UK: House prices rise again fuelling fears of a 'bubble'

Posted Sep 16, 2013 by Eileen Kersey
When the economic crisis hit in 2008 it had direct links to the housing market. The UK has experienced inflated house prices in the past and the "bubble" subsequently bursting. Could the introduction of a Government scheme to help buy homes be bad news?
Grimsby  UK: Victoria Street West looking towards the Bus Station.
Grimsby, UK: Victoria Street West looking towards the Bus Station.
David Wright
People buy homes for many reasons -- to get a step on the housing ladder, investment, to get a family home or as there is little alternative available.
News that house prices in parts of the UK are rapidly increasing, added to low mortgage interest rates, may be a winner for householders but it could be bad economic news for the country.
The UK is suffering a housing shortage. The ill-thought out "bedroom tax" was allegedly created to ease this shortage, but to date has failed. Householders faced with a reduction in benefit or moving to a smaller property faced "Catch 22" -- there were no properties available.
The coalition government's Help To Buy Scheme offers a lifeline to would be homeowners. On the surface it sounds a good scheme but there are some possible pitfalls. One for the British economy is that it could create a "housing bubble" which sooner or later will burst. If that happens any short term monetary gains you may have made will soon be wiped out.
Deputy Prime Minister, and leader of the Liberal Democrat party, Nick Clegg insits that the UK is not facing another "housing bubble". The Lib Dems are holding their annual conference and Monday the Irish Examiner reports:
Nick Clegg, Britain’s deputy prime minister, has said that the UK is nowhere near a house-price bubble and the Bank of England has tools to prevent it, amid growing concerns that government support for home-buying is stoking another boom. If there’s another bubble, the Bank of England and the government “have means by which we can anticipate that and make sure it doesn’t happen again,” Mr Clegg told the BBC.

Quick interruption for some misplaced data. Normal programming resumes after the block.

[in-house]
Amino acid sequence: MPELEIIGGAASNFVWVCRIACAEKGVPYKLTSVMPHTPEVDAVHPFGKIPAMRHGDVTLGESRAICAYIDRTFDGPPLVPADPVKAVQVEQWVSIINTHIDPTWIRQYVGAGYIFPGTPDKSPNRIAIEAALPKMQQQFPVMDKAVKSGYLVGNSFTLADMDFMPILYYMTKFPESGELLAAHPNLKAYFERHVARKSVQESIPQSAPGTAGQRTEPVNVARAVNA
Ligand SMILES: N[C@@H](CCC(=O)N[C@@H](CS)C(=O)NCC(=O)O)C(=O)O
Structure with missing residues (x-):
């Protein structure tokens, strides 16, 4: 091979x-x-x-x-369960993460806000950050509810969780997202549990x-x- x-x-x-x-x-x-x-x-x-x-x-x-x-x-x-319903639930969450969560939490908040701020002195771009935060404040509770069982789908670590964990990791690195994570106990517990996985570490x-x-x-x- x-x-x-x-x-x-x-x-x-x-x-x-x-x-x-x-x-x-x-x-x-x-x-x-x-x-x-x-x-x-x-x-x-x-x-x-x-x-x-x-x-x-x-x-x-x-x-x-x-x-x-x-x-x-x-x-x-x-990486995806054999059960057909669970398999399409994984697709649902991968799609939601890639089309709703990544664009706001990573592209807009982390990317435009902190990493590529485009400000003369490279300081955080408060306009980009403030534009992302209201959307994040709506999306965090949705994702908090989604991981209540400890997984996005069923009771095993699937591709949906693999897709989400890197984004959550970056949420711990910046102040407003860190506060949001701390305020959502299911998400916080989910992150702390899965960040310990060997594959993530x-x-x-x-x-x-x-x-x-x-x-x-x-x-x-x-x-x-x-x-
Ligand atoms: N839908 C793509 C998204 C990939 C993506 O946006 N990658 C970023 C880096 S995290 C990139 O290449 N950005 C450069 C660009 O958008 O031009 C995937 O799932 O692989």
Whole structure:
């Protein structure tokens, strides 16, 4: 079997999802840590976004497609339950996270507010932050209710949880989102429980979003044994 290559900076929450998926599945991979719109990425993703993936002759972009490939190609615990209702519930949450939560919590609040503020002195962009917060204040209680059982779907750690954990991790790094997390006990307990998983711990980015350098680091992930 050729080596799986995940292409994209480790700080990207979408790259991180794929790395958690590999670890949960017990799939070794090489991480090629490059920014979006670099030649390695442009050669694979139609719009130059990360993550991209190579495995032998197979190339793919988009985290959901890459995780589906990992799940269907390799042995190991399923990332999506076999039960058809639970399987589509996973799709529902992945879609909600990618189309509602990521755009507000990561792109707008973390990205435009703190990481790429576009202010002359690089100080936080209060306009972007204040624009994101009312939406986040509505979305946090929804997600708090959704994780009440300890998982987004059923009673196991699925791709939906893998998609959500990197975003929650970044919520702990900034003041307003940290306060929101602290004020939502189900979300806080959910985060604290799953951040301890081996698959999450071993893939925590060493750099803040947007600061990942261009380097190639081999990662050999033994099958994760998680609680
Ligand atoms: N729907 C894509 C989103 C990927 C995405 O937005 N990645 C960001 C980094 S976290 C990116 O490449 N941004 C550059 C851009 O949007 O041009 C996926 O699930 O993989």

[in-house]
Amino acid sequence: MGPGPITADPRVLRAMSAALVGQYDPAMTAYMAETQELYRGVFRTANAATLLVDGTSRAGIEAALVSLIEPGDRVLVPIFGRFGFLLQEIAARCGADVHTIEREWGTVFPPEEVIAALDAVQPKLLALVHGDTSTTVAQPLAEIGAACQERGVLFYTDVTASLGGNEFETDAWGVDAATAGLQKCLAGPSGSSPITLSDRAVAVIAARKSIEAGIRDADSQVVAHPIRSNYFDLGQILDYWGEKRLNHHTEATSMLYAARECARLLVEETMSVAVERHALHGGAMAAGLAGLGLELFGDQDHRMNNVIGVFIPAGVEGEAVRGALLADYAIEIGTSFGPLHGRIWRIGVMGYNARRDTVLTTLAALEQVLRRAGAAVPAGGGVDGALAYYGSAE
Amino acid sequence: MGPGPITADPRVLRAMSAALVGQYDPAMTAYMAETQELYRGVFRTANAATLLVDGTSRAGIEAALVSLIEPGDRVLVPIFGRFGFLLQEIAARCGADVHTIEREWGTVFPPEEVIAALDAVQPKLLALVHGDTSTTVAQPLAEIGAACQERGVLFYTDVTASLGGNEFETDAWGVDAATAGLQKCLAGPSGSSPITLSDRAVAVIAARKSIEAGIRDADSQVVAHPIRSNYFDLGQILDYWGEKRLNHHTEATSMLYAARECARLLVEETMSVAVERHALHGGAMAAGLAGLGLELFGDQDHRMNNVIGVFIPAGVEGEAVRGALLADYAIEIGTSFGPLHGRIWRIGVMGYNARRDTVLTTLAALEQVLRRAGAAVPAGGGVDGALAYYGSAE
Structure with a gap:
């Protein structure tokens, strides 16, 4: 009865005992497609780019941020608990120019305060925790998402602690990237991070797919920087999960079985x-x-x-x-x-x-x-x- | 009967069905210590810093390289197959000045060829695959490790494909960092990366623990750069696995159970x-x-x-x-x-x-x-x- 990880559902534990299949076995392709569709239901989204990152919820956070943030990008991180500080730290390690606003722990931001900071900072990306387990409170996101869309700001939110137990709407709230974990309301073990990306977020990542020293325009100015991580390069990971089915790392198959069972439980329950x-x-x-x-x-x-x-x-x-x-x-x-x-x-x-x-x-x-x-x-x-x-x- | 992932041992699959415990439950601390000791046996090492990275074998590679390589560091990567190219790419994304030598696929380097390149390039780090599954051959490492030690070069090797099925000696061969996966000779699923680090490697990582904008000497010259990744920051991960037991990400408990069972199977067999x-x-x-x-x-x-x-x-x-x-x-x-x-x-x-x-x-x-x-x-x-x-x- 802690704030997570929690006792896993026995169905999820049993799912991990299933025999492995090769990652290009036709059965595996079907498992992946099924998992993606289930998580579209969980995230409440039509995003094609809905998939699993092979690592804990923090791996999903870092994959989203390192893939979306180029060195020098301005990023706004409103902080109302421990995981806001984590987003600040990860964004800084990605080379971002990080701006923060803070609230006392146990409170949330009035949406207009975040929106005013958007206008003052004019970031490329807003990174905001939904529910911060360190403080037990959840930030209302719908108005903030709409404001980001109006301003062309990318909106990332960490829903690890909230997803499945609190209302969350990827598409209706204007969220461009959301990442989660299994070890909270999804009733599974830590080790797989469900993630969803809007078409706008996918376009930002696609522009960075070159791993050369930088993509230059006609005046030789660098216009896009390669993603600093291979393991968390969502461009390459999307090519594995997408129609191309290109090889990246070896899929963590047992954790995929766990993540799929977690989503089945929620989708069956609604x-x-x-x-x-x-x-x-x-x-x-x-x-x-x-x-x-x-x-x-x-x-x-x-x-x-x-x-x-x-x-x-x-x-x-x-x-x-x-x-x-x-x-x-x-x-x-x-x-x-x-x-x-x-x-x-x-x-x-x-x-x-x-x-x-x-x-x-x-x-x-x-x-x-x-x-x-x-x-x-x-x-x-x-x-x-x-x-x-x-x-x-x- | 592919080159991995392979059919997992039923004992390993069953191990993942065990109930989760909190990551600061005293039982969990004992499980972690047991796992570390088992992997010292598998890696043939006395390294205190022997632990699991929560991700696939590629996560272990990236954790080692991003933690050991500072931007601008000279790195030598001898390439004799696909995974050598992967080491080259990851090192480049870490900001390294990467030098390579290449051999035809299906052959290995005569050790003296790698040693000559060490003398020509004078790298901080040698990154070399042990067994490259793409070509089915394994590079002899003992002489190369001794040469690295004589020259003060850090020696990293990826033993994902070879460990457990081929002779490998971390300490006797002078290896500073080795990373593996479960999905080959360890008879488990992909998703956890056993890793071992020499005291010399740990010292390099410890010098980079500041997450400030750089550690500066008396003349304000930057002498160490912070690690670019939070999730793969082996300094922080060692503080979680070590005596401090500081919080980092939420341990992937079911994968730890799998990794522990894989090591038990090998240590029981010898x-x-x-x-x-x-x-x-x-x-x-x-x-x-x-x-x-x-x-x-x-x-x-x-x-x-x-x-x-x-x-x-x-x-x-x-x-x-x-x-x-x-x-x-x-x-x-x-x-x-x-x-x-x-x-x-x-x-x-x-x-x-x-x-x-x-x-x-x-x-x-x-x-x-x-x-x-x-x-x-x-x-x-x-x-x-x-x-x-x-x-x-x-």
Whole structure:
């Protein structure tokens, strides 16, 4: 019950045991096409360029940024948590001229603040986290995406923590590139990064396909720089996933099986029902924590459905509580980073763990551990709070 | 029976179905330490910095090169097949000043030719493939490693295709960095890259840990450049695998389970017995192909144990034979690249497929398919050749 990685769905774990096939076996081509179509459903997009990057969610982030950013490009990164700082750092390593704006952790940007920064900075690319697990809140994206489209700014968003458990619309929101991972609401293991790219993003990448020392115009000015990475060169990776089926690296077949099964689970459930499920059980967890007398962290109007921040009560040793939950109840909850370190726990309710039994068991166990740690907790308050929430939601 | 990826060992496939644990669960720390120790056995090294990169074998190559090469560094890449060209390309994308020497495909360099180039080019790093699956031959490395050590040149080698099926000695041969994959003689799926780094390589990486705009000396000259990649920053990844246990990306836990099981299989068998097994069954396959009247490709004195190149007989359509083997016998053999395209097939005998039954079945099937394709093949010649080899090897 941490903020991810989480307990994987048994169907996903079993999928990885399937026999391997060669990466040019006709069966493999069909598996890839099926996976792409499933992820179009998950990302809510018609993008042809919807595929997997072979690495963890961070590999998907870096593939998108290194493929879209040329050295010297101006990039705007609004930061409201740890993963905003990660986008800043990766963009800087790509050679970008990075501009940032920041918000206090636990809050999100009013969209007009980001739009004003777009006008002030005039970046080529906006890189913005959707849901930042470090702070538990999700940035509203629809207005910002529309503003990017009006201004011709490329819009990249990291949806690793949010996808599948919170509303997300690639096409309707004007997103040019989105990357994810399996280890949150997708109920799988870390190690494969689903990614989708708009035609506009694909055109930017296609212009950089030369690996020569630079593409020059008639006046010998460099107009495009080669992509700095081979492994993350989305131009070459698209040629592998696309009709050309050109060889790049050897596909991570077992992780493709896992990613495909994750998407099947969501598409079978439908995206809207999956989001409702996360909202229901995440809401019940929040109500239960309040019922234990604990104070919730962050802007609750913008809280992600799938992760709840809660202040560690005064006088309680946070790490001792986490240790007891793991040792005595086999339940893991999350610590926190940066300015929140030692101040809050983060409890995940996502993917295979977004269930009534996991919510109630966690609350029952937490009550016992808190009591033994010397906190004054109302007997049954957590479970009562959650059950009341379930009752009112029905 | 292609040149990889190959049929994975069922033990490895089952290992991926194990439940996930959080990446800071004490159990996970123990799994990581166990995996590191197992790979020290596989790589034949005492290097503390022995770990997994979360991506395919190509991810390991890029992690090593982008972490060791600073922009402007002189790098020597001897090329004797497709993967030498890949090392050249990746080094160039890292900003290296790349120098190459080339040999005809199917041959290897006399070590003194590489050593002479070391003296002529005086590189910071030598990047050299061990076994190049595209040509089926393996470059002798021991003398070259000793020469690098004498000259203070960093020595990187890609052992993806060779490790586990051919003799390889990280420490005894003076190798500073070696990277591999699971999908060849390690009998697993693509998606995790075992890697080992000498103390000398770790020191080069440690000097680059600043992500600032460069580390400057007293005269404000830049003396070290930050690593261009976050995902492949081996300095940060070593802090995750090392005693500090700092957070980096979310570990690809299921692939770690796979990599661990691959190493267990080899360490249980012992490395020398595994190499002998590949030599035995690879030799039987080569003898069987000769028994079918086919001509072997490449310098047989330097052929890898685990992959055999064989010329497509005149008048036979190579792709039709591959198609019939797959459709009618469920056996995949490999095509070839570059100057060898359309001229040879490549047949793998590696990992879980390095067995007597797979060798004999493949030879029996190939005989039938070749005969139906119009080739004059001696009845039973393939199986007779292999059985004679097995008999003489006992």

An increase in the value of your home is good news if you are a home-owner. House prices in the UK have stagnated, with some decreasing in value, since 2008.
A false house price increase, stoked by a boom in the housing industry though, is bad news. In the past it meant that banks had expensive mortgages on properties that had reduced in value.
This shortfall hit the banking industry in Spain and that economy has yet to recover.
The UK and US can pinpoint there financial woes to the banking sector, and housing industry.
Getting a mortgage in the UK has been difficult since 2008 but this weekend Santander announced that it was offering a raft of new deals to open up the mortgage market.
More good news but what about a possible housing bubble? Monday the Guardian reports:
A leading estate agent has tripled its forecast for house price rises in 2013, stoking fears of a destabilising house price bubble.
Online estate agent Rightmove has raised its 2013 house price forecast for the third time this year to more than double the rate of inflation. The chain expects the average property price to increase by 6% this year, up from the 4% it predicted just two months ago. At the start of the year it predicted prices would rise by 2%.
On Wednesday the Bank of England's financial policy committee will meet to discuss the possibility of a property bubble, and what remedial measures can be taken.
Calls for that committe to cap annual house price growth in the UK at 5% a year illustrate concerns about a housing bubble which could quickly form and rapidly burst. According to the Independent:
Britain’s leading chartered surveyors have made an unprecedented call for the Bank of England to put a cap on annual house price inflation in order to avoid a “dangerous” debt bubble.
Surely, however, this will hit confidence in the UK housing market and deter those who buy property as an investment?
With a north south divide in the UK house prices are already a hotch-potch across the country.